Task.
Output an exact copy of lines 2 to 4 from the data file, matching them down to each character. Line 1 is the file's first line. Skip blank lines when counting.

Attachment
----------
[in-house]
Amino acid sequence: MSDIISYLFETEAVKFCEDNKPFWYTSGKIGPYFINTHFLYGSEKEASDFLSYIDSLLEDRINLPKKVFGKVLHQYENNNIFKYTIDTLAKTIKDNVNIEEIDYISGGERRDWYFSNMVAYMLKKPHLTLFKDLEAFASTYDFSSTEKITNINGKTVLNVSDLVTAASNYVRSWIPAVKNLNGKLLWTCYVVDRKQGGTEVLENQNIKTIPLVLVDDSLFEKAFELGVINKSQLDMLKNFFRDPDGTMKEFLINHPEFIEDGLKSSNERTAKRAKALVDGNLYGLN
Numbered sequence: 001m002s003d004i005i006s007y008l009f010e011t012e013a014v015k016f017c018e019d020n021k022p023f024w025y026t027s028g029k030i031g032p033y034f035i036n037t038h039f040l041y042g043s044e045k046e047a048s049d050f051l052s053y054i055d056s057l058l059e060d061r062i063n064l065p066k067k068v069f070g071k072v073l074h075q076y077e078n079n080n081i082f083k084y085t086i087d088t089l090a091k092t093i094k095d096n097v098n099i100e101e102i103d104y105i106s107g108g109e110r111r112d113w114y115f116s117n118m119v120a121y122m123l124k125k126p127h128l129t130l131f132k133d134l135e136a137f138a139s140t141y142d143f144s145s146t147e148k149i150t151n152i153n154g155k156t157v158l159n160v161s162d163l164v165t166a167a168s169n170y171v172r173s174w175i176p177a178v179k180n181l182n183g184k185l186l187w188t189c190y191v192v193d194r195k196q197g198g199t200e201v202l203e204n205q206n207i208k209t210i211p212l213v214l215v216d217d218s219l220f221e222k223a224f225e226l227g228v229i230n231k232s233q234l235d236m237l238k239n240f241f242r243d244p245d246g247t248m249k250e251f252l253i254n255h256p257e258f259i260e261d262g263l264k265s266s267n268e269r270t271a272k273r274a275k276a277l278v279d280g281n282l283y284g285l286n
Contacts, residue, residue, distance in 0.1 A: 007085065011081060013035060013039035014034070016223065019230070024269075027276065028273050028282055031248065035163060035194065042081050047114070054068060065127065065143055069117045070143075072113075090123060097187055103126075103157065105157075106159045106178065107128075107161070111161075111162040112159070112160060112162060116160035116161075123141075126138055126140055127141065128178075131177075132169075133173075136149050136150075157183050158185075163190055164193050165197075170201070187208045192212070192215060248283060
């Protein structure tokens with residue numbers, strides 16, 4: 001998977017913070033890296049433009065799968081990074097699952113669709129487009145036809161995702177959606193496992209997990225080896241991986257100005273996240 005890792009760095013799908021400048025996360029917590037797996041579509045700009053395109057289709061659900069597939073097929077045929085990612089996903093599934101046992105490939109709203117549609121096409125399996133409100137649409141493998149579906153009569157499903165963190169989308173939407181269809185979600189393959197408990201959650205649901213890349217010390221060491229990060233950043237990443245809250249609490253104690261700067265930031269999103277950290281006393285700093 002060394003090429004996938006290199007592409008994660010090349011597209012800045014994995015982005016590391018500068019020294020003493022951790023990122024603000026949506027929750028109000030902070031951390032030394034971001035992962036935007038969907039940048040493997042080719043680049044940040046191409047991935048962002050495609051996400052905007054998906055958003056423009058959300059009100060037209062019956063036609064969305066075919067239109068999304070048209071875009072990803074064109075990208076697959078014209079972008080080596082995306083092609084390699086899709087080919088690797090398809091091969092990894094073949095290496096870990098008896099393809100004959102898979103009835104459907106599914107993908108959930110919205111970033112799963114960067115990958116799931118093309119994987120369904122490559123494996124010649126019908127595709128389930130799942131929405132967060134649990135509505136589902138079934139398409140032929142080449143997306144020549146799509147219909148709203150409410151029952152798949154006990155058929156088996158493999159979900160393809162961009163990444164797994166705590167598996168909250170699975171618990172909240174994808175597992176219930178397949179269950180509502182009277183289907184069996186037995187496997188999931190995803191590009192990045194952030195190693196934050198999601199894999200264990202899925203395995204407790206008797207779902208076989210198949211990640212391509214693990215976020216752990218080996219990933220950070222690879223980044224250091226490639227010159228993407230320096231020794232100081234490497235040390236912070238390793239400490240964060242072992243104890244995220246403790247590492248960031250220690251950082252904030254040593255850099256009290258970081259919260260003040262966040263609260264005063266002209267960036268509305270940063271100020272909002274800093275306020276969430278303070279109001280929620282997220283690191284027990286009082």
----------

Amino acid sequence: MSDIISYLFETEAVKFCEDNKPFWYTSGKIGPYFINTHFLYGSEKEASDFLSYIDSLLEDRINLPKKVFGKVLHQYENNNIFKYTIDTLAKTIKDNVNIEEIDYISGGERRDWYFSNMVAYMLKKPHLTLFKDLEAFASTYDFSSTEKITNINGKTVLNVSDLVTAASNYVRSWIPAVKNLNGKLLWTCYVVDRKQGGTEVLENQNIKTIPLVLVDDSLFEKAFELGVINKSQLDMLKNFFRDPDGTMKEFLINHPEFIEDGLKSSNERTAKRAKALVDGNLYGLN
Numbered sequence: 001m002s003d004i005i006s007y008l009f010e011t012e013a014v015k016f017c018e019d020n021k022p023f024w025y026t027s028g029k030i031g032p033y034f035i036n037t038h039f040l041y042g043s044e045k046e047a048s049d050f051l052s053y054i055d056s057l058l059e060d061r062i063n064l065p066k067k068v069f070g071k072v073l074h075q076y077e078n079n080n081i082f083k084y085t086i087d088t089l090a091k092t093i094k095d096n097v098n099i100e101e102i103d104y105i106s107g108g109e110r111r112d113w114y115f116s117n118m119v120a121y122m123l124k125k126p127h128l129t130l131f132k133d134l135e136a137f138a139s140t141y142d143f144s145s146t147e148k149i150t151n152i153n154g155k156t157v158l159n160v161s162d163l164v165t166a167a168s169n170y171v172r173s174w175i176p177a178v179k180n181l182n183g184k185l186l187w188t189c190y191v192v193d194r195k196q197g198g199t200e201v202l203e204n205q206n207i208k209t210i211p212l213v214l215v216d217d218s219l220f221e222k223a224f225e226l227g228v229i230n231k232s233q234l235d236m237l238k239n240f241f242r243d244p245d246g247t248m249k250e251f252l253i254n255h256p257e258f259i260e261d262g263l264k265s266s267n268e269r270t271a272k273r274a275k276a277l278v279d280g281n282l283y284g285l286n
Contacts, residue, residue, distance in 0.1 A: 007085065011081060013035060013039035014034070016223065019230070024269075027276065028273050028282055031248065035163060035194065042081050047114070054068060065127065065143055069117045070143075072113075090123060097187055103126075103157065105157075106159045106178065107128075107161070111161075111162040112159070112160060112162060116160035116161075123141075126138055126140055127141065128178075131177075132169075133173075136149050136150075157183050158185075163190055164193050165197075170201070187208045192212070192215060248283060